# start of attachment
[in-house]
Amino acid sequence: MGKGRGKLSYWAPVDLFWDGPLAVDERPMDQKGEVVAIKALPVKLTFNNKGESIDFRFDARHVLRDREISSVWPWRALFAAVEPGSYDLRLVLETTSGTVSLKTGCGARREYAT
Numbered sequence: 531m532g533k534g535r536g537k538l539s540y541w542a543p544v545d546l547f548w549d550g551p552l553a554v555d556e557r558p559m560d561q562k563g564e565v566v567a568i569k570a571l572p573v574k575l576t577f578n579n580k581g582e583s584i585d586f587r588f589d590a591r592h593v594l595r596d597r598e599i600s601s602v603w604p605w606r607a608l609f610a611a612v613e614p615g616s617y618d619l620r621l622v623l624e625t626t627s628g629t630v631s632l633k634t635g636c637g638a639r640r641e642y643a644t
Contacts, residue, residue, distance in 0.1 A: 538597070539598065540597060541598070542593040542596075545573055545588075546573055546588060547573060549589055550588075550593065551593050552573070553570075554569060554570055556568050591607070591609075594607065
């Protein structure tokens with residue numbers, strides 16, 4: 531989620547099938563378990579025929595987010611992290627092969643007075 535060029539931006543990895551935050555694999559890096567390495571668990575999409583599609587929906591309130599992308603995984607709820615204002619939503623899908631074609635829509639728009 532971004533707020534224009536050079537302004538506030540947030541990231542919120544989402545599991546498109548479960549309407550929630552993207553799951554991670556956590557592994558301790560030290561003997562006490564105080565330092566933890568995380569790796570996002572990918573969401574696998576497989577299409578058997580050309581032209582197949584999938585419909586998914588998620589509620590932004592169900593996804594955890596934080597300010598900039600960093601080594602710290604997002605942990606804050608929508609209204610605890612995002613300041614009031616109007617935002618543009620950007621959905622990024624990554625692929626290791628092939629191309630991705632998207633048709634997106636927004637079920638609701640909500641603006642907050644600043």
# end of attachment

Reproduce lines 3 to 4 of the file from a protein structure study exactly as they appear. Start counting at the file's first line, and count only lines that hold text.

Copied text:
Numbered sequence: 531m532g533k534g535r536g537k538l539s540y541w542a543p544v545d546l547f548w549d550g551p552l553a554v555d556e557r558p559m560d561q562k563g564e565v566v567a568i569k570a571l572p573v574k575l576t577f578n579n580k581g582e583s584i585d586f587r588f589d590a591r592h593v594l595r596d597r598e599i600s601s602v603w604p605w606r607a608l609f610a611a612v613e614p615g616s617y618d619l620r621l622v623l624e625t626t627s628g629t630v631s632l633k634t635g636c637g638a639r640r641e642y643a644t
Contacts, residue, residue, distance in 0.1 A: 538597070539598065540597060541598070542593040542596075545573055545588075546573055546588060547573060549589055550588075550593065551593050552573070553570075554569060554570055556568050591607070591609075594607065